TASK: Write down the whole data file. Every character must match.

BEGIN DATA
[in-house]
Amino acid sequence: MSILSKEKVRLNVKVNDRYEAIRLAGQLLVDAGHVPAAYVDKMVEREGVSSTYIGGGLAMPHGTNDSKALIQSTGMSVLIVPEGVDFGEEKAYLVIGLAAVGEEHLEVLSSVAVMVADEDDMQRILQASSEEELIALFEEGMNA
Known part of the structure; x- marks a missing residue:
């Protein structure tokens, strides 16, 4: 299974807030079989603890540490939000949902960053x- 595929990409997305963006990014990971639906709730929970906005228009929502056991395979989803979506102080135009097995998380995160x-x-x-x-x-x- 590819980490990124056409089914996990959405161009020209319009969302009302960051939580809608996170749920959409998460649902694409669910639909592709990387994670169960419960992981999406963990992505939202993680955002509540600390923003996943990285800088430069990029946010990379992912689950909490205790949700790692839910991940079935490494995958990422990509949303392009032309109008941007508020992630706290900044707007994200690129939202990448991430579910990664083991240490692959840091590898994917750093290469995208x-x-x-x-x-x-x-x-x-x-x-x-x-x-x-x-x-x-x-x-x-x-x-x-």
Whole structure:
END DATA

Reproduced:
[in-house]
Amino acid sequence: MSILSKEKVRLNVKVNDRYEAIRLAGQLLVDAGHVPAAYVDKMVEREGVSSTYIGGGLAMPHGTNDSKALIQSTGMSVLIVPEGVDFGEEKAYLVIGLAAVGEEHLEVLSSVAVMVADEDDMQRILQASSEEELIALFEEGMNA
Known part of the structure; x- marks a missing residue:
């Protein structure tokens, strides 16, 4: 299974807030079989603890540490939000949902960053x- 595929990409997305963006990014990971639906709730929970906005228009929502056991395979989803979506102080135009097995998380995160x-x-x-x-x-x- 590819980490990124056409089914996990959405161009020209319009969302009302960051939580809608996170749920959409998460649902694409669910639909592709990387994670169960419960992981999406963990992505939202993680955002509540600390923003996943990285800088430069990029946010990379992912689950909490205790949700790692839910991940079935490494995958990422990509949303392009032309109008941007508020992630706290900044707007994200690129939202990448991430579910990664083991240490692959840091590898994917750093290469995208x-x-x-x-x-x-x-x-x-x-x-x-x-x-x-x-x-x-x-x-x-x-x-x-």
Whole structure: